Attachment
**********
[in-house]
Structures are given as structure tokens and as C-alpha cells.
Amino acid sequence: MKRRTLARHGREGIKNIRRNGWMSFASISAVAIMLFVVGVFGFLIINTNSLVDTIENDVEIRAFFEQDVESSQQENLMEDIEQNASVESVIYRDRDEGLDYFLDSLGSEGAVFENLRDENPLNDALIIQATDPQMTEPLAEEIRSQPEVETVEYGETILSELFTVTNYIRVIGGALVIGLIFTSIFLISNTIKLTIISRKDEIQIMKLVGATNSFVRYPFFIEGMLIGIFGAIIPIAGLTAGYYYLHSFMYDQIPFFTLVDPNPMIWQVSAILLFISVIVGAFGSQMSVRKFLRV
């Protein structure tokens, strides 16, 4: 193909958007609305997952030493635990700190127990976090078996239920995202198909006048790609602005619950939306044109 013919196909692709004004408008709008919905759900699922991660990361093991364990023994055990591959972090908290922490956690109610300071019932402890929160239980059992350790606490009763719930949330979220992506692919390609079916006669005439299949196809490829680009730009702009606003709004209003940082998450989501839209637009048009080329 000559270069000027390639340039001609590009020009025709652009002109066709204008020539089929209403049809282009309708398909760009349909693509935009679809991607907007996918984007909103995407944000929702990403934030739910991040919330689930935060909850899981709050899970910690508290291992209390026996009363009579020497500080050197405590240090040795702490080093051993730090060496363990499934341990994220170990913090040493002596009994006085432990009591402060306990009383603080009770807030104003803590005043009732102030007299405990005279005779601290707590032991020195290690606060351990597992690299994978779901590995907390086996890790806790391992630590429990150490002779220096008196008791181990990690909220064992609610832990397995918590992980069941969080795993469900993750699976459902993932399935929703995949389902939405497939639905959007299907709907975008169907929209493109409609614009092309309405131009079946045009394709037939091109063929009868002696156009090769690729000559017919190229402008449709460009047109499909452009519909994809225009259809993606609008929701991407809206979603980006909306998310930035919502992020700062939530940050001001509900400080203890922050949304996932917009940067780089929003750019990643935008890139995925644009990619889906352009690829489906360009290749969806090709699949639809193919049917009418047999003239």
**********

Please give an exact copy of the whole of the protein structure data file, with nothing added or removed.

[in-house]
Structures are given as structure tokens and as C-alpha cells.
Amino acid sequence: MKRRTLARHGREGIKNIRRNGWMSFASISAVAIMLFVVGVFGFLIINTNSLVDTIENDVEIRAFFEQDVESSQQENLMEDIEQNASVESVIYRDRDEGLDYFLDSLGSEGAVFENLRDENPLNDALIIQATDPQMTEPLAEEIRSQPEVETVEYGETILSELFTVTNYIRVIGGALVIGLIFTSIFLISNTIKLTIISRKDEIQIMKLVGATNSFVRYPFFIEGMLIGIFGAIIPIAGLTAGYYYLHSFMYDQIPFFTLVDPNPMIWQVSAILLFISVIVGAFGSQMSVRKFLRV
């Protein structure tokens, strides 16, 4: 193909958007609305997952030493635990700190127990976090078996239920995202198909006048790609602005619950939306044109 013919196909692709004004408008709008919905759900699922991660990361093991364990023994055990591959972090908290922490956690109610300071019932402890929160239980059992350790606490009763719930949330979220992506692919390609079916006669005439299949196809490829680009730009702009606003709004209003940082998450989501839209637009048009080329 000559270069000027390639340039001609590009020009025709652009002109066709204008020539089929209403049809282009309708398909760009349909693509935009679809991607907007996918984007909103995407944000929702990403934030739910991040919330689930935060909850899981709050899970910690508290291992209390026996009363009579020497500080050197405590240090040795702490080093051993730090060496363990499934341990994220170990913090040493002596009994006085432990009591402060306990009383603080009770807030104003803590005043009732102030007299405990005279005779601290707590032991020195290690606060351990597992690299994978779901590995907390086996890790806790391992630590429990150490002779220096008196008791181990990690909220064992609610832990397995918590992980069941969080795993469900993750699976459902993932399935929703995949389902939405497939639905959007299907709907975008169907929209493109409609614009092309309405131009079946045009394709037939091109063929009868002696156009090769690729000559017919190229402008449709460009047109499909452009519909994809225009259809993606609008929701991407809206979603980006909306998310930035919502992020700062939530940050001001509900400080203890922050949304996932917009940067780089929003750019990643935008890139995925644009990619889906352009690829489906360009290749969806090709699949639809193919049917009418047999003239």